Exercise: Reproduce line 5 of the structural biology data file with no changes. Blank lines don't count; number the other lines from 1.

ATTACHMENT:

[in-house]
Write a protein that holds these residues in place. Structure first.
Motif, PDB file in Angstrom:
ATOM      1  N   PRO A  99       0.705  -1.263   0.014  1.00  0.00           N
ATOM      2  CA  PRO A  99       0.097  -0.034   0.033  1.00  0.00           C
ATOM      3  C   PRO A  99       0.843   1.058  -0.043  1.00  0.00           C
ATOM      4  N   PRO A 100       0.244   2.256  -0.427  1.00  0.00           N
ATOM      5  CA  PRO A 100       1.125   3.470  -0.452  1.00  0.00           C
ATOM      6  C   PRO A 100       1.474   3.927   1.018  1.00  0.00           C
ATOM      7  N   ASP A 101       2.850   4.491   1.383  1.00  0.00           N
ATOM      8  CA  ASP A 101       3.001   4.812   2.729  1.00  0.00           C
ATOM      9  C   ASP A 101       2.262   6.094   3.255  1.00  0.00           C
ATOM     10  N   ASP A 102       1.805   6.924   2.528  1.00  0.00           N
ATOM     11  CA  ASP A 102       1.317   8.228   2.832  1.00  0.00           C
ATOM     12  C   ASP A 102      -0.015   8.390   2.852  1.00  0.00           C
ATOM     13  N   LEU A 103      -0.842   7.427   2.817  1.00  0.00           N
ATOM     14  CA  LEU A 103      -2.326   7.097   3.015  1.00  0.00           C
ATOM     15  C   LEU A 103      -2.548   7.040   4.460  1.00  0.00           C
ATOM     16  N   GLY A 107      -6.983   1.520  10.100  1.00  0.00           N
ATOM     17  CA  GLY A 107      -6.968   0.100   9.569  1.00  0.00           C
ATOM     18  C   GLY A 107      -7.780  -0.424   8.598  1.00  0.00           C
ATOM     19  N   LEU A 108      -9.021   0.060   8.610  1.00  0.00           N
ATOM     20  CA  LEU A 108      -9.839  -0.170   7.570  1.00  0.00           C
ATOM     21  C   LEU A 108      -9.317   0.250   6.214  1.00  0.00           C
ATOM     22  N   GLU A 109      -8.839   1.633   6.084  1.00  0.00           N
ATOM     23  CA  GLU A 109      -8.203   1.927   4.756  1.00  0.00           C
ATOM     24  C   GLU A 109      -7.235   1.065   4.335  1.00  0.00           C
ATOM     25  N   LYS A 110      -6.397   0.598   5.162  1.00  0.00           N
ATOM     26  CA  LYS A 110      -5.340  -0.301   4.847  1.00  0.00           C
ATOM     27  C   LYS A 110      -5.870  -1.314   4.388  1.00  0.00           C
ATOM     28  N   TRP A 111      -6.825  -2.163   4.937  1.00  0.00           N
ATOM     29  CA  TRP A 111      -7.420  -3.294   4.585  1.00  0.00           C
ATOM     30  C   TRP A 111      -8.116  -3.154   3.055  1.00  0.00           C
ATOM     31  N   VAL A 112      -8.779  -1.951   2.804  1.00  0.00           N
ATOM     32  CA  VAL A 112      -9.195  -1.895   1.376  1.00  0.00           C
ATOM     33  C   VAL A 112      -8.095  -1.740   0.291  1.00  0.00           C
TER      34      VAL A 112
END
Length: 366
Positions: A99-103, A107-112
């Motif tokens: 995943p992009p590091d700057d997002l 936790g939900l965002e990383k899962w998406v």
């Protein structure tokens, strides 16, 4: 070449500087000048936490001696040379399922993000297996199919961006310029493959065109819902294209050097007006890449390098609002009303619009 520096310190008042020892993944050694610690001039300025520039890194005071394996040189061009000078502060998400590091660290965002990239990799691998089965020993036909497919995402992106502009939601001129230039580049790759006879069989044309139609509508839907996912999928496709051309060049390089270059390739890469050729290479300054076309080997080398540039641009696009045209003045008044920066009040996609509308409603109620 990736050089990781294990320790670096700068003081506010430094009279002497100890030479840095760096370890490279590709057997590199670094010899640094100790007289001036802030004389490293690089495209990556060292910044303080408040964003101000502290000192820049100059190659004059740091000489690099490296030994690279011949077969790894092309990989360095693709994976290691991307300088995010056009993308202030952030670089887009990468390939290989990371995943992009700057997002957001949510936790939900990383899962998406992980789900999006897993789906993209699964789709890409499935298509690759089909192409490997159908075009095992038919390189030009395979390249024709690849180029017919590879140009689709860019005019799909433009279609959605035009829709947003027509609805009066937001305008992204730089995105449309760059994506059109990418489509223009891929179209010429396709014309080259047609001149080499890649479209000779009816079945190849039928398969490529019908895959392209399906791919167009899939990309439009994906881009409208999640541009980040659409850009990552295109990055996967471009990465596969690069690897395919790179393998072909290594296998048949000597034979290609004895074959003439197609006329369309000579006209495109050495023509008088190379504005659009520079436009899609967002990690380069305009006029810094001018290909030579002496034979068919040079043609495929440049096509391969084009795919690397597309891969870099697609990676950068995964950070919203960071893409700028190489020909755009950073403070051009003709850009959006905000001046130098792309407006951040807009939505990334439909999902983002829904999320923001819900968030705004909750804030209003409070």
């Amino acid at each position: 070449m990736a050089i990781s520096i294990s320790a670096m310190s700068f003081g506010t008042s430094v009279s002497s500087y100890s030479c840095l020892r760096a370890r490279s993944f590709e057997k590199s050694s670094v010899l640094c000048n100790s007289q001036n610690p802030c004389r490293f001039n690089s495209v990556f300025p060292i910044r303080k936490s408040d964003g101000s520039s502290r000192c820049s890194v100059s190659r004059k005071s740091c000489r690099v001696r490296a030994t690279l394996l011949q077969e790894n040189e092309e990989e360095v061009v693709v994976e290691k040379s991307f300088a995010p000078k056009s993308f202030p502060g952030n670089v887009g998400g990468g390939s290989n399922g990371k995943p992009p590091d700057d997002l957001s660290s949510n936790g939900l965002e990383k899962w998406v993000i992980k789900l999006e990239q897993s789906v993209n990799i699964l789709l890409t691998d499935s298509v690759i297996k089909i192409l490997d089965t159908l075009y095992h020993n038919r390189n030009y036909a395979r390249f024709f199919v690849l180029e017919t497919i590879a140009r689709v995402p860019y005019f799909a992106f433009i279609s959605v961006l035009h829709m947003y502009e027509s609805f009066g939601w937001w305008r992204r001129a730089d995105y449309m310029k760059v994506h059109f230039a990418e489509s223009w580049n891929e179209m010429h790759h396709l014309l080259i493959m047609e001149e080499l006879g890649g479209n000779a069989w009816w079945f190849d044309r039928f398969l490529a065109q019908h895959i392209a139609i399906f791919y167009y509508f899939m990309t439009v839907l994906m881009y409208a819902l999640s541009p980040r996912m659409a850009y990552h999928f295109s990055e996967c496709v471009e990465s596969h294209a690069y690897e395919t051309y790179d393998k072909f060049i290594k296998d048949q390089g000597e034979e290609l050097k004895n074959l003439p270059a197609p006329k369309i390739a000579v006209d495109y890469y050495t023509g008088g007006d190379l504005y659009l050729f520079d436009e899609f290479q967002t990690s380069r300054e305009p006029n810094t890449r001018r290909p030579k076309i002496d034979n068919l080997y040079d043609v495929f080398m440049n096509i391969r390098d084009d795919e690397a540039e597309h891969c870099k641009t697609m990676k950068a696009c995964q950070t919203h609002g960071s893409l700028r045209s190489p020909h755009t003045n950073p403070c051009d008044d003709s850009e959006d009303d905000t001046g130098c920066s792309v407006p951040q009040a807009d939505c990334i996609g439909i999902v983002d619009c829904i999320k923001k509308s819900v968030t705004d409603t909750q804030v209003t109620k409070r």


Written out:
ATOM      2  CA  PRO A  99       0.097  -0.034   0.033  1.00  0.00           C